The Case for an Impacted Pastor: Why You Want Church Leaders with Disabilities
So, you don’t know me, but I’m a pastor. God called me to ministry about five years ago. Like most of us, I never would’ve seen it coming. There are a dozen reasons why nobody would want to use me and those are all the reasons why God chose me.
You see, I am greatly gifted in mercy and helps, and I am acceptably able to effectively use the gifts of prophecy (simply speaking a word of the Lord), and pastoring (caring for the flock). But I have a lot of weaknesses too. I know – real shocker. Some of them are just because nobody holds all the gifts. Many of them are because of my disabilities.
I have PTSD, anxiety, and depression. This makes me both incredibly intuitive and invested in other people’s feelings andsomewhat unreliable because Heaven only knows if I can handle another thing on a given day. I have a learning disability. I read about the seventh- or eighth-grade level. Even better, I have issues processing words from the page to my brain, so I basically depend on audio translations of almost every book I read to understand it. On top of all this, I have an autoimmune disease that causes significant brain fog and pain. This impacts my memory greatly, and sometimes makes me appear as though I’m careless. In reality, I am killing myself all day long so I can be an effective helper. Two years ago I had a significant concussion and ever since it my brain has not been the same. On top of all this I’m genuinely socially awkward – a side effect of significant trauma.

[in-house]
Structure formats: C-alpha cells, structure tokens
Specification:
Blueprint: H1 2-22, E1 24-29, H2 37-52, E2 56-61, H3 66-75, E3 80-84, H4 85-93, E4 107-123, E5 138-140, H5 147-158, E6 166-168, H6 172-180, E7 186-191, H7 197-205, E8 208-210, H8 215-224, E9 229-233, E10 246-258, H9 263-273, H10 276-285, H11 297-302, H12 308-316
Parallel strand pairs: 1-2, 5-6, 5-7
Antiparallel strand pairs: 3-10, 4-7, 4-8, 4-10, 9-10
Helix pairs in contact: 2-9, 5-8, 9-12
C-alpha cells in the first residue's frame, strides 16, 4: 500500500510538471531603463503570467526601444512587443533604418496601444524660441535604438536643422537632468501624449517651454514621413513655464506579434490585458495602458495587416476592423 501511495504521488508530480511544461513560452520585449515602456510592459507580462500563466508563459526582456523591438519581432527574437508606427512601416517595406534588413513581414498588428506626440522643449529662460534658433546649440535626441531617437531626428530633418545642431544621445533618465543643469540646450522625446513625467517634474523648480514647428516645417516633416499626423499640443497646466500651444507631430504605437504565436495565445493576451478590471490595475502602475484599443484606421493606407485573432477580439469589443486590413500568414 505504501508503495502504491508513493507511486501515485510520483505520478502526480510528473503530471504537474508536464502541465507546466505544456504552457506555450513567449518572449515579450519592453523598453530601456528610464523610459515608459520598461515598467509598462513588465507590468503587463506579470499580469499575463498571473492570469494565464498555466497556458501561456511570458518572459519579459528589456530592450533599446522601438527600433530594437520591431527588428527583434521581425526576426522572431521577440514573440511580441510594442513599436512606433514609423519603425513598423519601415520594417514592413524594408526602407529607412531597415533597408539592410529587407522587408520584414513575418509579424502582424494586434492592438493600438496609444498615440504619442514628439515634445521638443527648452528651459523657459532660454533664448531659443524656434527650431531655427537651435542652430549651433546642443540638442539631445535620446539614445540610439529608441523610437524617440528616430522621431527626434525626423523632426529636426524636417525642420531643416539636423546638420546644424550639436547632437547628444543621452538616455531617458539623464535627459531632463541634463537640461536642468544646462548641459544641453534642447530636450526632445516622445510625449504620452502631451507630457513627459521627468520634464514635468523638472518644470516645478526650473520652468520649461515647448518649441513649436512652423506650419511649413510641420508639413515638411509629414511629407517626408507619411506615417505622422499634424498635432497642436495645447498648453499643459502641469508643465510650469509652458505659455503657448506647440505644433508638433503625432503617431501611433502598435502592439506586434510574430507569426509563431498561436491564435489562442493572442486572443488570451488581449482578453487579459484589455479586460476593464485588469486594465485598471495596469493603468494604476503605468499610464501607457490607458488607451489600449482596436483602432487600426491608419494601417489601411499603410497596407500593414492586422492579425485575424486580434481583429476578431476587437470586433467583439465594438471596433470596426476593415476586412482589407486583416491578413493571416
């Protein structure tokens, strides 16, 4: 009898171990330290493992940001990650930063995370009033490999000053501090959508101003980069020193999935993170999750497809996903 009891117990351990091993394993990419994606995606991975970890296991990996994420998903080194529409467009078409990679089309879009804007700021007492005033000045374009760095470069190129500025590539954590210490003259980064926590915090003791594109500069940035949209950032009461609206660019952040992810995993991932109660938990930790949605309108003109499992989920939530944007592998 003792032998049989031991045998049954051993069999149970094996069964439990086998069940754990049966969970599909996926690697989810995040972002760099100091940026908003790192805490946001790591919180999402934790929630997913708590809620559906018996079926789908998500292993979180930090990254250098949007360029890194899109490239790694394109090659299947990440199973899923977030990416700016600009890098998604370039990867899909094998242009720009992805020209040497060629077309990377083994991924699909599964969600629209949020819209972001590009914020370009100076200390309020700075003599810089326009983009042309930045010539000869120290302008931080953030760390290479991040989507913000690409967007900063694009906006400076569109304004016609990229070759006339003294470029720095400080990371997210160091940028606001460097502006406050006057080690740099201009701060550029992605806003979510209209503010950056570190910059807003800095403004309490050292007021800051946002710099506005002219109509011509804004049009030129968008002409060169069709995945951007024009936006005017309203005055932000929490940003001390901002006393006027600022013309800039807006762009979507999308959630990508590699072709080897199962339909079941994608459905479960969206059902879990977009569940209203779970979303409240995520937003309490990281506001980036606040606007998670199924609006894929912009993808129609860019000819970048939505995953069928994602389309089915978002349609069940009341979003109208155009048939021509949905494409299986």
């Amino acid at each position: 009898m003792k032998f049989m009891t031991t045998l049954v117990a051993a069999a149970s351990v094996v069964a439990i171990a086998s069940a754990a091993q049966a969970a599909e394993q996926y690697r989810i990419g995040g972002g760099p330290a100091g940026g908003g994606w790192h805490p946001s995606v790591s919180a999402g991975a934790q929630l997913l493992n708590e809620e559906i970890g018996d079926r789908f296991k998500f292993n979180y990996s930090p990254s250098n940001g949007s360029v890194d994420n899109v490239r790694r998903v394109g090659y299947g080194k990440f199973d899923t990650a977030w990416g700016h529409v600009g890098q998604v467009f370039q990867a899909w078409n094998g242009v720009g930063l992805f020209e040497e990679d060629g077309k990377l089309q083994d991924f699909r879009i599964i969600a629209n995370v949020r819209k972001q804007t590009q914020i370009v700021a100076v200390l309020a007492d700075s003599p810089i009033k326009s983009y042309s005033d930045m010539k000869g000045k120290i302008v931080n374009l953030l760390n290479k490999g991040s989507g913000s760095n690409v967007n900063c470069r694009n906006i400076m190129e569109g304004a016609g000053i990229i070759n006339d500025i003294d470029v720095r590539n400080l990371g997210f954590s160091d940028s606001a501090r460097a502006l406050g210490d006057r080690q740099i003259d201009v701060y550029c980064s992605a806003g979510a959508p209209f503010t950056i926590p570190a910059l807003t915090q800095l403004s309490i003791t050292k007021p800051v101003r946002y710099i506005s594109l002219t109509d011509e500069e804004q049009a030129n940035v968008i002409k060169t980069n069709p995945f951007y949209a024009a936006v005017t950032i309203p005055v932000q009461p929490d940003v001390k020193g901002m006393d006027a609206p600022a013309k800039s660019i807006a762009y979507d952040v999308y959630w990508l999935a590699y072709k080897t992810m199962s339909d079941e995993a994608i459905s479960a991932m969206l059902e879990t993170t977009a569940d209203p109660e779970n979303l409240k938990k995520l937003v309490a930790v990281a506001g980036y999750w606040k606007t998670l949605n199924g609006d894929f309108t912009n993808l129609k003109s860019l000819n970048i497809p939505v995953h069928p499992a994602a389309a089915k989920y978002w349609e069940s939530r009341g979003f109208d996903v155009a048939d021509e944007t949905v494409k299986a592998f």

I can hear you right now, “Sign us up! Where does our church get one of her?” Flaky, easily distracted, and socially awkward. Win! (I am also adept in the gift of sarcasm.) But in reality, you want someone like me on your staff. Someone overtly flawed. Someone impacted by disabilities. Someone who is broken. Someone who is a mess, but a mess for Jesus. Below are several reasons why you want someone like me on your staff, board, ect. Our lead pastor could attest to all these things as well. So here we go!
You want somebody on your staff, or at least in your leadership,to contend with a significant illness or disability. It will give you a different perspective. It will confirm to your church that God has a plan and a purpose for all. It will grow your faith. Your walk will be enriched by seeing another choosing each day whom they will serve, no matter how heavy the cross that they bear.
One final point: The disabled and the hurting have spent their entire lives being told their voice doesn’t matter. In the church, it must matter. The body is incomplete without our brothers and sisters with disabilities and chronic illnesses. As such, when you bring these people to leadership, please be aware they may not recognize the value of their voice. They may need you to affirm it. But when you do, you are celebrating the voices to whichJesus paid special attention when He walked the earth. You will learn, grow, and be forever changed, simply because you chose to listen and empower a brother or sister to operate in their calling.